Cochran's family immediately called her and they were all concerned about her elderly mother Marie Cochran, who lives nearby. They couldn't get to her home, so Donna left work and went around the fire via Randolph Road to retrieve her mother. Family members met at the boat launch parking lot.
"After the kids called 911, they called me and I said OK, how close is it to grandma’s house and they said, 'well, we don’t know, we can’t get down the road.' So I called grandma and she was at home by herself, so I said I’m leaving work. I went to Randolph, and came back up, loaded grandma, the dogs and the cat. Now we’re trying to figure out what we’re going to do tonight."
The Cochrans ran a dairy on North Bank Lane for many years but now lease out the property and live in a house there.
The fire began between mile post 7 and 8, right across the river from Lampa Lane on Highway 42 South, but quickly spread up the steep terrain and into timberlands. According to a county official, it burned about 25 acres of Coos County Forest lands along with private lands.
Burr and Bobbie Gibbons, who own a home off North Bank Lane on Stargazer Lane, on the same road as Susan and Mike Deets, also evacuated. The Gibbons stayed at a motel in Bandon for the night with their two cats and the Deets stayed with their son in Langlois.
Burr Gibbons said they were told to evacuate by a private citizen who knocked on their door.
"We saw the smoke and we heard the helicopters so we made plans to evacuate, then somebody, a private citizen, drove up our driveway ... and he said you better evacuate, you’ve got about two minutes to get out of here," Burr said.
He and Bobbie quickly grabbed their two cats and crates for them, threw some clothes, valuables and important papers in the car and left about noon. They met an OSP trooper as they were leaving who was also coming to tell them to get out.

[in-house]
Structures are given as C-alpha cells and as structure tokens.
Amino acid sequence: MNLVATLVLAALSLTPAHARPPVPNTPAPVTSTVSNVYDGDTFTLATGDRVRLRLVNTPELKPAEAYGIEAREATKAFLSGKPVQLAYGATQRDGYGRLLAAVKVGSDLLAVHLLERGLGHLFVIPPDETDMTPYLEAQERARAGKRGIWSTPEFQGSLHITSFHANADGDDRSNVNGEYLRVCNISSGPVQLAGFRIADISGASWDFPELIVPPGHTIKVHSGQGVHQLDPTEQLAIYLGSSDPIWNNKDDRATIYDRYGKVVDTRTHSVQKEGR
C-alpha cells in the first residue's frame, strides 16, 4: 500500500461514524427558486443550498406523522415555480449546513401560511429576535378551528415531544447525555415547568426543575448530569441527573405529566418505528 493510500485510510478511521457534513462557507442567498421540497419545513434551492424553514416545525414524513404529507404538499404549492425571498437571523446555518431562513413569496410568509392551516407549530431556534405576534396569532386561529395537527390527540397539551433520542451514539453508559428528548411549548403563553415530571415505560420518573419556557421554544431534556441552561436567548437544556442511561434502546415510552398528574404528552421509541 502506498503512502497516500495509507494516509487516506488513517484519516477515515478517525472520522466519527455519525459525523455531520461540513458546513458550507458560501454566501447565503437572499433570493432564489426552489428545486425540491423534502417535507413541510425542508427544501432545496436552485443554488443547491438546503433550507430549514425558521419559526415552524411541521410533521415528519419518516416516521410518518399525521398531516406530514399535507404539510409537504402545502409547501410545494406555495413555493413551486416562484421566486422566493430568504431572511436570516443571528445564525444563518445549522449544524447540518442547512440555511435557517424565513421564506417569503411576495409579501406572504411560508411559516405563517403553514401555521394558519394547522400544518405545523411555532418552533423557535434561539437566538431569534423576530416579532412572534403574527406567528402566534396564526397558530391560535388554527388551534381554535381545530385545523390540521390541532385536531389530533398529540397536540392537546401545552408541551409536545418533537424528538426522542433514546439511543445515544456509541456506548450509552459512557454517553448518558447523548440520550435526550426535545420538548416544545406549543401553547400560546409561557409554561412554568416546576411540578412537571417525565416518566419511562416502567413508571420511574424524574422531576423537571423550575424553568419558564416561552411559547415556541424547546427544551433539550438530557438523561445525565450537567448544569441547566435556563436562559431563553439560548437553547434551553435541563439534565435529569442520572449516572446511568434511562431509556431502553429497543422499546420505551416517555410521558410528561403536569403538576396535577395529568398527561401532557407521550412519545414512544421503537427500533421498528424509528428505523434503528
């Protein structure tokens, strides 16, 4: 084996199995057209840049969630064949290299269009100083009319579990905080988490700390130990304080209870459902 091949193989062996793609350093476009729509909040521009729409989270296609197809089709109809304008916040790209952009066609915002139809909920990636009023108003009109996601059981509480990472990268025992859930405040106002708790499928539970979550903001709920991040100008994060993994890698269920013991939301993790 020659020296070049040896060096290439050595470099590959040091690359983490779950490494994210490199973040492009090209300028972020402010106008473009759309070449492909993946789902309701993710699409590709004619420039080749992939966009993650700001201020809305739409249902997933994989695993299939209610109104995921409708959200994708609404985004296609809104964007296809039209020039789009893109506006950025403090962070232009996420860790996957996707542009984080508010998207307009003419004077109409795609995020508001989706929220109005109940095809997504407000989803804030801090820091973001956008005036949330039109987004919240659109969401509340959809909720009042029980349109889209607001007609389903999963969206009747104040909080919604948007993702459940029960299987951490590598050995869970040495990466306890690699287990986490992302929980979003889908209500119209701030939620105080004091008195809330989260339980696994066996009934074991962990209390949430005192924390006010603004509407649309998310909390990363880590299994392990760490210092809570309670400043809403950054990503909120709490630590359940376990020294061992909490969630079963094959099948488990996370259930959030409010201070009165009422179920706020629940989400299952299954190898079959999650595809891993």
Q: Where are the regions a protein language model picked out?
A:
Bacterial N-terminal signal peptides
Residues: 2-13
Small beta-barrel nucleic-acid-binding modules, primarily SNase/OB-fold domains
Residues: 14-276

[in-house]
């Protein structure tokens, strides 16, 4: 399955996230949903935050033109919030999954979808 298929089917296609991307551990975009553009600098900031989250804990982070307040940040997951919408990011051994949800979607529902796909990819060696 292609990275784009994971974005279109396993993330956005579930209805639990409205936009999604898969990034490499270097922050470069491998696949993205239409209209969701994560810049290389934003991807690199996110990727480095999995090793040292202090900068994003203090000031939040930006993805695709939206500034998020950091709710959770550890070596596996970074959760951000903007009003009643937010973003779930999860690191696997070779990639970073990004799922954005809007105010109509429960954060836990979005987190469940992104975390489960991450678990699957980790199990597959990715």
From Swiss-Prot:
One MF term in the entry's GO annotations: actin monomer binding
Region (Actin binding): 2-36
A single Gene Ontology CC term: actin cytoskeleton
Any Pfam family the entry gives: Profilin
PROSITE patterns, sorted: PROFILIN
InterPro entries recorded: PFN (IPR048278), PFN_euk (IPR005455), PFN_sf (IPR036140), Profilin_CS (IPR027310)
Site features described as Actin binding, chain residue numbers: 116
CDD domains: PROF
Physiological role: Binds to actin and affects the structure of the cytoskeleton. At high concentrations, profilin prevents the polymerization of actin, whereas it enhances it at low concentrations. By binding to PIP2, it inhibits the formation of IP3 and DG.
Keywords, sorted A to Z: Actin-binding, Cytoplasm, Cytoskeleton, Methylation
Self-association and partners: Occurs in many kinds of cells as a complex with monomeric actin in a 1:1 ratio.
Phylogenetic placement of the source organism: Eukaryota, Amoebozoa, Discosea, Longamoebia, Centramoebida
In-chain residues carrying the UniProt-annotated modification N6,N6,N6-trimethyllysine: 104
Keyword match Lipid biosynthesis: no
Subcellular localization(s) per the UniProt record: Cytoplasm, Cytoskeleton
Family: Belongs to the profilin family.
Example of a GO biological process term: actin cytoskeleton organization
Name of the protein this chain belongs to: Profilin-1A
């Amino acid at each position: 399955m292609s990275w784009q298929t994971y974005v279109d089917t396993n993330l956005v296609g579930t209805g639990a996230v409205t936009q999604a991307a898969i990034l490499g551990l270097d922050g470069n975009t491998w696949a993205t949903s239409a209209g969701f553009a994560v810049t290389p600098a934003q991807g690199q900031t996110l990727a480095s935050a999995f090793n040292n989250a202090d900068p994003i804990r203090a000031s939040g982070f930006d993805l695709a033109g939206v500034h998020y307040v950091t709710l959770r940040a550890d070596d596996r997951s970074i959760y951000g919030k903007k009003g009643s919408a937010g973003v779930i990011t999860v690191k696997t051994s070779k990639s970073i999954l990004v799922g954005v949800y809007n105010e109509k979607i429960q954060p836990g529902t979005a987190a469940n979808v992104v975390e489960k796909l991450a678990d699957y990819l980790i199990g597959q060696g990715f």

"He asked if there were other houses on the road and we told him ... we’re certain the other people on the road were evacuated in time," Burr said.
"And right now (about 4 p.m.) we don’t know anything except it seems the fire is still burning pretty actively and we aren’t expecting to get home tonight. And we hope we have a home to go home to," Burr added.
Mike Deets said he and Susan watched the helicopters and tanker plane from their home before they evacuated. The plane did about five or six passes dropping retardant before it left and the helicopters came back in, Mike said.
"They are pretty amazing pilots," he said.
Smoke was visible from the Rocky Point boat launch, but by 4 p.m. had decreased dramatically from earlier in the day. However, Mike Deets surmised the smoke might have been less visible at that time because the winds had slowed. A short time later, from state Highway 42S at about mile post 5, the flames could be seen bursting up the hillside, dangerously close to homes and a yurt owned by Daemian and Katie Hawthorne and Candace Kreitlow and Pete Bauer. Kreitlow said they were told to evacuate by officials and did not return to their home Tuesday evening. It was later discovered that the yurt that burned housed Bauer's wood-working shop. Lisa Hawthorne and Steve Kuntz also live in the area close to where the fire was burning, as well as Michael and Anna Bell.
Extreme fire conditions due to low humidity and high temperatures, along with strong east winds sparked fires across the state Monday and Tuesday. The conditions were expected to lessen by late Wednesday morning.
Along the South Coast, fires popped up in several locations, keeping firefighters busy. Charleston Fire responded to a fire on Libby Lane, utlizing resources from around the county, according to the North Bay Fire Department. North Bay Fire responded to a grass clipping fire at Haynes Way, which was contained and extinguished. A small fire broke out at Ferry Creek in Bandon but was quickly contained.
The North Bank Lane fire added to the strangely colored hue in the smoke-filled air from Coos Bay to Coquille and south of Bandon. Residents mused that the low humidity and high winds were much like the conditions when a fire burned the town of Bandon on Sept. 26, 1936. That fire started up Bear Creek Road, just off Highway 42S, across the river but not far from Tuesday's fire.